Po Saktiraydaputih was given the rank of a kham-ly (civil official) in the Nguyen bureaucracy. His three sons were given the military appointments of de-doc, de-lanh, and cai-phu. The Chams were also ordered to change their costumes to those of the Han tradition, which meant the costumes of the Vietnamese.Thus began a process of Vietnamization in the Cham territories that was to continue through the eighteenth century.



The Vietnamization Process


In 1694, Nguyen Phuc Chu made Po Saktiraydaputih the native king (phien vuong) of Thuan Thanh Tran, and the latter was obliged to pay tribute to the Nguyen. Thus the tributary relationship was resumed. Nguyen Phuc Chu also returned the royal seal of Champa together with captured weapons, horses, and population. Thirty Vietnamese soldiers or Kinh Binh (soldiers of the Imperial City) were sent to protect the new Cham ruler. At this point the kingdom of Champa no longer existed as an independent entity, but had been integrated into the Nguyen domains. The Cham people continued to live in small pockets from the region of Quang Nam down to the Pho Hai-Phan Rang-Phan Ri region, where the seat of the Cham court under Po Saktiraydaputih was situated. The ruler’s palace was situated at Bal Chanar, not far from Phan Ri.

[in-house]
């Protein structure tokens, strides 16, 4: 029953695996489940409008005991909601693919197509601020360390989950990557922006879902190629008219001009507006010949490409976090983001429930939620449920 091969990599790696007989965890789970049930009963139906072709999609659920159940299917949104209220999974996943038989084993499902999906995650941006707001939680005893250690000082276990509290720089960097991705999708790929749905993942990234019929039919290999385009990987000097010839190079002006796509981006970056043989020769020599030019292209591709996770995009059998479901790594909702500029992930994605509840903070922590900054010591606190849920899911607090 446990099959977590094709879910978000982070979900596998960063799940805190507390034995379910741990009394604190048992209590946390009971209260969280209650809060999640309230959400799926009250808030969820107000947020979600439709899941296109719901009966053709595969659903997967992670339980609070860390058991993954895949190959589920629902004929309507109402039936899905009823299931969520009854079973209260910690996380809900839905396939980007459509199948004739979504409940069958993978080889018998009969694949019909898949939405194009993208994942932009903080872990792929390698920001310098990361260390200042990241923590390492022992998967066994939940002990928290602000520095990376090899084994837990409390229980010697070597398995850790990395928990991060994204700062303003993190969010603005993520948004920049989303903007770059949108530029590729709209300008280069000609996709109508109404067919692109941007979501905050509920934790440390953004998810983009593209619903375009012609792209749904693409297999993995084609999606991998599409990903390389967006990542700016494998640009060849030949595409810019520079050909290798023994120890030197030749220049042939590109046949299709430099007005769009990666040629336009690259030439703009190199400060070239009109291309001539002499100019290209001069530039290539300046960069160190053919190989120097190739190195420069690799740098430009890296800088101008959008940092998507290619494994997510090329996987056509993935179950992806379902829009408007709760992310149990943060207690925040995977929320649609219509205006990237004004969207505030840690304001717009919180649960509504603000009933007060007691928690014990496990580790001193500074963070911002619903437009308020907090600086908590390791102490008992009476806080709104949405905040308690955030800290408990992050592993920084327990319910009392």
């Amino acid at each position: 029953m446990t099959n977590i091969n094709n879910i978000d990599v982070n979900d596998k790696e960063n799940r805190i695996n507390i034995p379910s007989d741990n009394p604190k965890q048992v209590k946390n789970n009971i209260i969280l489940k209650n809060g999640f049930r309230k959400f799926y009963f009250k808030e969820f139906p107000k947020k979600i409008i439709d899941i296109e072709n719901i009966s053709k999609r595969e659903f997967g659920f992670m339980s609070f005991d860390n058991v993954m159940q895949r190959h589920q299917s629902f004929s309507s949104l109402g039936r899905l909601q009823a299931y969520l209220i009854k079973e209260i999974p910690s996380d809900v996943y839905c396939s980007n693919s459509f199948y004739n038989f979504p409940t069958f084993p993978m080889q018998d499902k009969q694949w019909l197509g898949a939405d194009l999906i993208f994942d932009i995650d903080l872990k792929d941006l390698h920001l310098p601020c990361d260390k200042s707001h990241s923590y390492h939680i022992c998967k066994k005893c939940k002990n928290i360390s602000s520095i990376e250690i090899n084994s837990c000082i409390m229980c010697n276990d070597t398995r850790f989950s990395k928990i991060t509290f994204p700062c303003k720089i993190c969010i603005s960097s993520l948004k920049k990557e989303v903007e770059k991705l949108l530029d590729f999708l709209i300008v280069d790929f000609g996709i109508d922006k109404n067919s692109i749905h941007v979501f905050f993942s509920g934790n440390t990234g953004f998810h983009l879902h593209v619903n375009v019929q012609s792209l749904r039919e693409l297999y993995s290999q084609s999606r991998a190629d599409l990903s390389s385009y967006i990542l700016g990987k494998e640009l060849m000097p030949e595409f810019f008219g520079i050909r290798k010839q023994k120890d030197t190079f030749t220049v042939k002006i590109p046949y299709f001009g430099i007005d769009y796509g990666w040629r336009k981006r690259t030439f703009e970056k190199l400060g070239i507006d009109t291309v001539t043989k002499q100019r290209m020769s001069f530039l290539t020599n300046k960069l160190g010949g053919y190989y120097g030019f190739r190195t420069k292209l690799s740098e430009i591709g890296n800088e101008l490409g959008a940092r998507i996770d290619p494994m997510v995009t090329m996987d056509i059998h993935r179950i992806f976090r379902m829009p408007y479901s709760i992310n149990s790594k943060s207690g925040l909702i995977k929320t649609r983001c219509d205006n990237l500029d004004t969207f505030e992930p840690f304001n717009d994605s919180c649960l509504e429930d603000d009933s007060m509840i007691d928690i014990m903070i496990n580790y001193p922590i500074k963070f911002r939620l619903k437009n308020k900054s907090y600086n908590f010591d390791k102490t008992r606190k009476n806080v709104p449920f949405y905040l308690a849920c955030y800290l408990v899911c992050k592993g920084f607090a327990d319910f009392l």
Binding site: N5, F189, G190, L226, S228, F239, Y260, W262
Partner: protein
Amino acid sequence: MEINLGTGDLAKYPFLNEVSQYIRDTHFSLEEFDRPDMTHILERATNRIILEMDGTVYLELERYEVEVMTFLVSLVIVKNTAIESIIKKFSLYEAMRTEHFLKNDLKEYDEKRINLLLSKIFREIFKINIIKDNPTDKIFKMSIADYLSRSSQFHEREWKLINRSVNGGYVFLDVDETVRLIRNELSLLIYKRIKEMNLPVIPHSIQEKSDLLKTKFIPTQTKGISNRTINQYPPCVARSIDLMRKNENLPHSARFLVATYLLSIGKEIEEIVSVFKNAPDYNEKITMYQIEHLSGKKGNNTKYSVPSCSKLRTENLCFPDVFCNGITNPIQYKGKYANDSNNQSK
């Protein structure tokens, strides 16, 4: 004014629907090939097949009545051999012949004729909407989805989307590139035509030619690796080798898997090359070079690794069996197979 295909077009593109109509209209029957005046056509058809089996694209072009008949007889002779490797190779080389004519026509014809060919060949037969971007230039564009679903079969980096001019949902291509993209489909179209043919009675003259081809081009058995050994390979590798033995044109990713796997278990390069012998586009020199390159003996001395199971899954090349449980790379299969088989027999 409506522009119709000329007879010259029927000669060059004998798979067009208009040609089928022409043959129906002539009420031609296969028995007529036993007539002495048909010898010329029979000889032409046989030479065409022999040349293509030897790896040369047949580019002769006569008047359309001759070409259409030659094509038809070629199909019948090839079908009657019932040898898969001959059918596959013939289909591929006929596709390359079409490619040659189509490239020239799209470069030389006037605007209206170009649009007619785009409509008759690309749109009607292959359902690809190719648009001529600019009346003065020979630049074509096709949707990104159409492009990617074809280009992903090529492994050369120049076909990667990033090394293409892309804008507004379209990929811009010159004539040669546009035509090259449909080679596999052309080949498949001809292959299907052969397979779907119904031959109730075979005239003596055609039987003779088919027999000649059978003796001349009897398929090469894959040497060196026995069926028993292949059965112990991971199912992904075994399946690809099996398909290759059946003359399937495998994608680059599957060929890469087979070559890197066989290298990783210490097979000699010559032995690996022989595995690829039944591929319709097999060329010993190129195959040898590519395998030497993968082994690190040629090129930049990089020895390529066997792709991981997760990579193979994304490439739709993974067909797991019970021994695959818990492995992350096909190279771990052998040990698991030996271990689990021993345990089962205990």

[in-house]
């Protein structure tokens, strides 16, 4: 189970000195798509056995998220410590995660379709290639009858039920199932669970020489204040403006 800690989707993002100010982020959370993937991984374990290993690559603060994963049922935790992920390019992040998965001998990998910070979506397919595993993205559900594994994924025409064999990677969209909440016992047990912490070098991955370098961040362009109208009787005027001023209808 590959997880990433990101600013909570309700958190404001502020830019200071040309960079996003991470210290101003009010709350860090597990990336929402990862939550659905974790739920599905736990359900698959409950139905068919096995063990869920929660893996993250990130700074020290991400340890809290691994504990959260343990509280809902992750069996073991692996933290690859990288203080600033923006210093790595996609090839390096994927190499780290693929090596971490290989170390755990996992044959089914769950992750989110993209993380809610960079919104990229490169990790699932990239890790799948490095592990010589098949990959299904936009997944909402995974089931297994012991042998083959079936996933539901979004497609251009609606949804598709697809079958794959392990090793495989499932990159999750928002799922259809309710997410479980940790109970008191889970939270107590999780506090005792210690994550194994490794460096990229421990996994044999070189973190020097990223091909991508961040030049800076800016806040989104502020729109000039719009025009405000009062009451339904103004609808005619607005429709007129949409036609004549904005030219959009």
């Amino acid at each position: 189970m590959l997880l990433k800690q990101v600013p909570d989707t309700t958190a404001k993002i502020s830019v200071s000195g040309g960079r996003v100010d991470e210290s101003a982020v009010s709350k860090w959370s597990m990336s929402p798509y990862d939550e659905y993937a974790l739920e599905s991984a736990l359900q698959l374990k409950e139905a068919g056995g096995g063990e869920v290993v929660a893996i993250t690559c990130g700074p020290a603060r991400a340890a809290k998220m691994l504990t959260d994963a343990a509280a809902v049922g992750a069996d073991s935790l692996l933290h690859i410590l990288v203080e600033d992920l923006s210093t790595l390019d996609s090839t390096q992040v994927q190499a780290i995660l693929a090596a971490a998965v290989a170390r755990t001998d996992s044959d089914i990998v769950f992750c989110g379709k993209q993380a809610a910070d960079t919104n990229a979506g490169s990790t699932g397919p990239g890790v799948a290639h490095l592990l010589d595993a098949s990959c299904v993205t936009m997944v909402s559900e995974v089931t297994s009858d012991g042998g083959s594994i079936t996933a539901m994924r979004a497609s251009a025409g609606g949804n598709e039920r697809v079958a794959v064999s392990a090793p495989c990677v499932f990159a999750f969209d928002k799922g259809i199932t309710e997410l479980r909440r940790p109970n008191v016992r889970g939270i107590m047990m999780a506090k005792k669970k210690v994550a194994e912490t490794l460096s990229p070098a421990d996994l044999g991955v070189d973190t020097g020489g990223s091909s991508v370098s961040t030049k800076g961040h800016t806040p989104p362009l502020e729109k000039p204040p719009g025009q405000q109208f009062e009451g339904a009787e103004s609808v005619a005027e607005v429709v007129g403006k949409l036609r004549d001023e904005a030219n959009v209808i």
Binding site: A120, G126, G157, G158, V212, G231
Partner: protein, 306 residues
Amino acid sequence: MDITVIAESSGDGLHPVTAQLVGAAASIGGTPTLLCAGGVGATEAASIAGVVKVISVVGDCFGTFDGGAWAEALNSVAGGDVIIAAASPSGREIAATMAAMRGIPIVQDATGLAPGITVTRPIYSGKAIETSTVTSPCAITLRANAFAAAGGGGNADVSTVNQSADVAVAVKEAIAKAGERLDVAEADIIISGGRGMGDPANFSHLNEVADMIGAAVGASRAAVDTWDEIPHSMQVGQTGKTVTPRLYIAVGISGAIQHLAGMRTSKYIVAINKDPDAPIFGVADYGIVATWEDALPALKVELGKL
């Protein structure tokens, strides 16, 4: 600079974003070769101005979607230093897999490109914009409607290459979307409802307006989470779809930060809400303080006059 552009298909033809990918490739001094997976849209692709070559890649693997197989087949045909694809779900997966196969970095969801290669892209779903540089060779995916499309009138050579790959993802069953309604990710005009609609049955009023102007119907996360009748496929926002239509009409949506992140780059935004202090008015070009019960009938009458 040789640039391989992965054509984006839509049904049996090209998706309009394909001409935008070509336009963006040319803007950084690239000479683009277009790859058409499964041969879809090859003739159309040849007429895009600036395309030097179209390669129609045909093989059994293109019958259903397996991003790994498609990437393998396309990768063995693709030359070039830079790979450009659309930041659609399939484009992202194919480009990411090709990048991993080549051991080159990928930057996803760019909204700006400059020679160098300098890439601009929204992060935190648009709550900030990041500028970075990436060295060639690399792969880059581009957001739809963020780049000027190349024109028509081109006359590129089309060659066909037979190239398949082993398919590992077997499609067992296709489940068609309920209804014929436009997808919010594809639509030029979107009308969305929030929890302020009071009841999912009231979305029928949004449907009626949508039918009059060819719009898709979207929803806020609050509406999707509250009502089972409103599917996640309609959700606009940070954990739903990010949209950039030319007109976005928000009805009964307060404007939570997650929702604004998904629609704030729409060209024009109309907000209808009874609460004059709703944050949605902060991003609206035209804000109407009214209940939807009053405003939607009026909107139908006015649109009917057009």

Even though the Chams continued to refer to their kingdom in the Pho Hai-Phan Rang-Phan Ri region as Panduranga, it was actually occupied territory. Vietnamese-Cham relations after 1697 under Nguyen Phuc Chu were based on central-regional relations; the role of the Cham ruler was more of a cultural and economic leader than a political one. But it was probably due to such a relationship that the Cham people were able to co-exist with the Vietnamese during the southward expansion of the Nguyen up to the early nineteenth century.